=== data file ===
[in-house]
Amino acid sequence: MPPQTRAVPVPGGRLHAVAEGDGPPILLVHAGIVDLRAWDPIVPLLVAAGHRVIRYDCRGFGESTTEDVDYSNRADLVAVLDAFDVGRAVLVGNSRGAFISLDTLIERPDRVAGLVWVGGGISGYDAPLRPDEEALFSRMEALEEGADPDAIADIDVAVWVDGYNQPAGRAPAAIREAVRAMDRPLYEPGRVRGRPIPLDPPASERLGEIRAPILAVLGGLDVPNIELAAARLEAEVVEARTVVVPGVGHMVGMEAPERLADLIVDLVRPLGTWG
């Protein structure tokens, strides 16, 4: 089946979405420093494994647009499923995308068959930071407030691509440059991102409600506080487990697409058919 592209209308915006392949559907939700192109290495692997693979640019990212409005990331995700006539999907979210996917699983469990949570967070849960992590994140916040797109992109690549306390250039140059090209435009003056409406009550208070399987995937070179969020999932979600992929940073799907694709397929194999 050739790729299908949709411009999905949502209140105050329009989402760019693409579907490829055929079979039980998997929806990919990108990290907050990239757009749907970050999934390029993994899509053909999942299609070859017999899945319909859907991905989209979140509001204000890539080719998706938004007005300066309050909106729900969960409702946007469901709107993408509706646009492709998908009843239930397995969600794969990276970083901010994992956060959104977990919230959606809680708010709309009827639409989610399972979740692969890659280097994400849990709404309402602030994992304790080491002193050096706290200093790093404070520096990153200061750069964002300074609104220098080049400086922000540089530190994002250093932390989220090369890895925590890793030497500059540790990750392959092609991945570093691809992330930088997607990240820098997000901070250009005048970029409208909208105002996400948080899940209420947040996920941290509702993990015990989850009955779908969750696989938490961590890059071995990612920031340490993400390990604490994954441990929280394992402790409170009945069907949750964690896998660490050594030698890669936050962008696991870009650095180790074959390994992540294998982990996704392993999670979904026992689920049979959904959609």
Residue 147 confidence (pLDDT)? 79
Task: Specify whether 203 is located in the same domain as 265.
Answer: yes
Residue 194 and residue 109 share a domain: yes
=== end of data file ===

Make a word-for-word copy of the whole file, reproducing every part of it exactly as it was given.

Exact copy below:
[in-house]
Amino acid sequence: MPPQTRAVPVPGGRLHAVAEGDGPPILLVHAGIVDLRAWDPIVPLLVAAGHRVIRYDCRGFGESTTEDVDYSNRADLVAVLDAFDVGRAVLVGNSRGAFISLDTLIERPDRVAGLVWVGGGISGYDAPLRPDEEALFSRMEALEEGADPDAIADIDVAVWVDGYNQPAGRAPAAIREAVRAMDRPLYEPGRVRGRPIPLDPPASERLGEIRAPILAVLGGLDVPNIELAAARLEAEVVEARTVVVPGVGHMVGMEAPERLADLIVDLVRPLGTWG
């Protein structure tokens, strides 16, 4: 089946979405420093494994647009499923995308068959930071407030691509440059991102409600506080487990697409058919 592209209308915006392949559907939700192109290495692997693979640019990212409005990331995700006539999907979210996917699983469990949570967070849960992590994140916040797109992109690549306390250039140059090209435009003056409406009550208070399987995937070179969020999932979600992929940073799907694709397929194999 050739790729299908949709411009999905949502209140105050329009989402760019693409579907490829055929079979039980998997929806990919990108990290907050990239757009749907970050999934390029993994899509053909999942299609070859017999899945319909859907991905989209979140509001204000890539080719998706938004007005300066309050909106729900969960409702946007469901709107993408509706646009492709998908009843239930397995969600794969990276970083901010994992956060959104977990919230959606809680708010709309009827639409989610399972979740692969890659280097994400849990709404309402602030994992304790080491002193050096706290200093790093404070520096990153200061750069964002300074609104220098080049400086922000540089530190994002250093932390989220090369890895925590890793030497500059540790990750392959092609991945570093691809992330930088997607990240820098997000901070250009005048970029409208909208105002996400948080899940209420947040996920941290509702993990015990989850009955779908969750696989938490961590890059071995990612920031340490993400390990604490994954441990929280394992402790409170009945069907949750964690896998660490050594030698890669936050962008696991870009650095180790074959390994992540294998982990996704392993999670979904026992689920049979959904959609």
Residue 147 confidence (pLDDT)? 79
Task: Specify whether 203 is located in the same domain as 265.
Answer: yes
Residue 194 and residue 109 share a domain: yes